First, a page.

Preceding a passage there is often a certain measure of healthy trepidation that swells up in a sailor’s blood, regardless of the amount of courage that runs through the veins. Prudent weather analysis helps to quell that uneasiness. However, the sailor with any amount of nautical miles under their keel has learned that the sea, and its accomplice the wind, can conspire to teach a lesson to those who pass through their domain with a lack of respect for their potential powers.
And so once again, after a close watch of forecasts and an assuage to the sea and wind with a tithing of respect, we left Canary Islands in the early afternoon under sunny skies. It was a comparatively short passage of 8 days taking us south, brushing the shoulder of west Africa, past Dakar and the shores of western Sahara, to the Cape Verde Islands.
Although we were about 80 nautical miles off the coast, the Sahara reminded us of its presence with a faint terrestrial scent that wafted over the waves and broke the monotony of the night watch. A mysterious foreign scent that conjured images of bygone years of a silhouette of a chain of camels in a ghostly caravan, trekking along the ridges of those endless and great barren desert dunes of the Sahara.
More than once I have been alerted by an earthy scent that landfall, not yet within sight, was imminent. For the ancient sailor, this sense was just one of their “aids to navigation”. While full advantage should be taken of modern advancements in marine safety, technical dependency can allow for the atrophy of instincts and the replacement of intuition in the modern-day mariner, and that would be a shame.
Having said that, we have embraced yet another system aboard our boat. To those unfamiliar with the Garmin InReach product line, it is a satellite communication system allowing SOS, texting, and emails and is well worth considering. During our passage, Adam Wanczura, an associate member of the Bluewater Cruising Association, acted as our weather guru. He sifted through weather data found on the Internet and kept us up-to-date on what to expect from the weather along our route via the InReach system. It worked great. Thank you, Adam!
For passages, it is just Judy and me aboard. There are only a few welcomed exceptions and one is our friend the moon. During our passage, it showed up with a majestic profile and radiance that was more than adequate to spread a carpet of diamond sparkles over the waves and usher us to a new land. Another welcomed guest was a pod of small dolphins. They were unusually small but, as usual, they gaily cavorted in Sea Turtle‘s bow waves.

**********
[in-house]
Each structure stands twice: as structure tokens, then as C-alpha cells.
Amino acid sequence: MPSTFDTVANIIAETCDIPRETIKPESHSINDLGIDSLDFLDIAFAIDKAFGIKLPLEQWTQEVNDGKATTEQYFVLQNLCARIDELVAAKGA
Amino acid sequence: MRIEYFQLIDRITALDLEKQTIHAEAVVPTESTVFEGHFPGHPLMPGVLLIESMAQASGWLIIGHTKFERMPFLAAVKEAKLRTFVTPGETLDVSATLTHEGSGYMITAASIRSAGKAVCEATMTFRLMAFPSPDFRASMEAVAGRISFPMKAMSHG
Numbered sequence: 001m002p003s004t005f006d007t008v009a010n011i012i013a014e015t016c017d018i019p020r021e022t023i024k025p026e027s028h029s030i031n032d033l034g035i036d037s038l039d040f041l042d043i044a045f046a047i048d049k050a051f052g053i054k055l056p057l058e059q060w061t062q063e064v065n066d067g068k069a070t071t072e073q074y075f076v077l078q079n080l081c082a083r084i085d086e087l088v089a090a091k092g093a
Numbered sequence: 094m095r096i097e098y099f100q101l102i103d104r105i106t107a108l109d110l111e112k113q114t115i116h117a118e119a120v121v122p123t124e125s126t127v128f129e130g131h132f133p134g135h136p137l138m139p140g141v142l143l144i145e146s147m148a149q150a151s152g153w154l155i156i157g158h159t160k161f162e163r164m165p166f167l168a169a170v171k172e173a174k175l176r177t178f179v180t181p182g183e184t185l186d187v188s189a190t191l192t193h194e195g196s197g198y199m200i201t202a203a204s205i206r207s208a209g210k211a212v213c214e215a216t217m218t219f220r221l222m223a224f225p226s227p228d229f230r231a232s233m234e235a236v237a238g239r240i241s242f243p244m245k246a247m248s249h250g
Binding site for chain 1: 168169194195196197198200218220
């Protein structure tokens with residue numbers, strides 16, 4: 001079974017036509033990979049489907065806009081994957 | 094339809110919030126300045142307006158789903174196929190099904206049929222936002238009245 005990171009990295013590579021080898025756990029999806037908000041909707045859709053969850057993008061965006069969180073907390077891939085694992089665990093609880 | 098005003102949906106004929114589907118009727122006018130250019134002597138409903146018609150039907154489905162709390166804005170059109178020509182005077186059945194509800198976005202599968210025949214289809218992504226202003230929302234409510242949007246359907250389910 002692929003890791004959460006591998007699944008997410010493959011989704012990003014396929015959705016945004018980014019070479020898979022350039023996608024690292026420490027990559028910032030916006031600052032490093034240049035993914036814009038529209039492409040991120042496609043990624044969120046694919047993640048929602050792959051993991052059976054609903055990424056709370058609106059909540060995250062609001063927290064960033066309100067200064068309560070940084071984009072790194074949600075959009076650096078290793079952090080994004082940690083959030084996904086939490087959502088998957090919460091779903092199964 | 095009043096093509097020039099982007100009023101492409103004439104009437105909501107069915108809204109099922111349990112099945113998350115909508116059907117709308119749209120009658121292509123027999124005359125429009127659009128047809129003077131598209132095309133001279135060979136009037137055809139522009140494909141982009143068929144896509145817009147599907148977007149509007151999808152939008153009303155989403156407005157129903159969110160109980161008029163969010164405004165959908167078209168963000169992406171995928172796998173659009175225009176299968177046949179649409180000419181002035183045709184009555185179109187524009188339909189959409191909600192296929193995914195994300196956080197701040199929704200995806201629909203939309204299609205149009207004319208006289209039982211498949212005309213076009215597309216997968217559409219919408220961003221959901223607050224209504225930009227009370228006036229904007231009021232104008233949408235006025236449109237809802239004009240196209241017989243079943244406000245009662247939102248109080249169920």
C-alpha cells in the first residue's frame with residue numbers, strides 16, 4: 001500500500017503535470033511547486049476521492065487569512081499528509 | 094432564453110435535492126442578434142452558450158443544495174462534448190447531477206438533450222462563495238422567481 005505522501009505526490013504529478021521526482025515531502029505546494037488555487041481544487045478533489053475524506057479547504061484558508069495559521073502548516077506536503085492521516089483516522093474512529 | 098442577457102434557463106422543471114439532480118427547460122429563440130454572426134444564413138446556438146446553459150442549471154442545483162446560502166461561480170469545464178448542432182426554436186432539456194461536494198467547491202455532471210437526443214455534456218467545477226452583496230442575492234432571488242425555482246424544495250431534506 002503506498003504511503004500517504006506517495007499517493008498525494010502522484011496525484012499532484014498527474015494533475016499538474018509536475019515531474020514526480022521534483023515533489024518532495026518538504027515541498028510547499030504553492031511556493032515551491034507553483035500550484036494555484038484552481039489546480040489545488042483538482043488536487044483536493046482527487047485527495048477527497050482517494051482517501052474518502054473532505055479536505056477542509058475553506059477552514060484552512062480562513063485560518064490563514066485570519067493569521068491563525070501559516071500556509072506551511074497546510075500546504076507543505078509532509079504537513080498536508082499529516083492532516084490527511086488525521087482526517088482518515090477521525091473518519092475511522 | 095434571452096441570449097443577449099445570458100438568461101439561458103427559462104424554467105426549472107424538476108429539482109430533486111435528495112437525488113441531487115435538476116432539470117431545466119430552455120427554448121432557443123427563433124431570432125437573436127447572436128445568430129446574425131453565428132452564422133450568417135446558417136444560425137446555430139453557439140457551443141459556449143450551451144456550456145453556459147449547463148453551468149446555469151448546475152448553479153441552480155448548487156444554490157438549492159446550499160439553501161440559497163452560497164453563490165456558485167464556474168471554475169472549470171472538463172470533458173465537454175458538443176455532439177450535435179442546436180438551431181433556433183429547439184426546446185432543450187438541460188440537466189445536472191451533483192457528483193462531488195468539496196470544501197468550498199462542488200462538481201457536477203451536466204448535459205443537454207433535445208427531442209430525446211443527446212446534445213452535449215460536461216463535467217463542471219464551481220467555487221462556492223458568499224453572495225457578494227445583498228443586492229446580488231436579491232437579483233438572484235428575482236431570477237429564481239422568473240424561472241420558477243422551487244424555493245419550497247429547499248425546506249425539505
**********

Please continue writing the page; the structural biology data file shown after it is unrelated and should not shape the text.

On another occasion, after the moon abandoned us to chase the sun over the horizon and left us in an inky darkness, a pod of dolphins came upon us like a naval attack with a bio-illumination spectacle. I only took notice because during my regular groggy 360° visual, I did a double-take at a bizarre sight I couldn’t initially comprehend. It looked as though there was a rapid fire of silver bullets streaking across our bow and out into the dark starboard oblivion. Adding to that surreal display were curious trails of light zipping erratically through the water, breaking the surface and barely missing our bow. Were we under attack? Was I hallucinating? Was I not awake yet or so tired I was seeing things? I’ve read stories of sailors so deprived of sleep that they enter another dimension of reality. Fortunately, these strange sites quickly jarred me fully awake faster than a triple shot of Moroccan espresso.
What I was truly seeing were not errant torpedoes but those small, exuberant dolphins. They came to not only play in the phosphorescence of our bow waves, but also for a midnight snack. The bullet-like phosphorescence streaks were actually flying fish not having such a grand old time. They were jarred awake from their aquatic slumber by these behemoths roaring at them and were being hunted. As the flying fish catapulted themselves into the blacker than black night, the light from our various running lights reflected off their large eyes, which were even larger because of their predicament. Their frantic trajectory left bio-luminescence trails in their slipstream.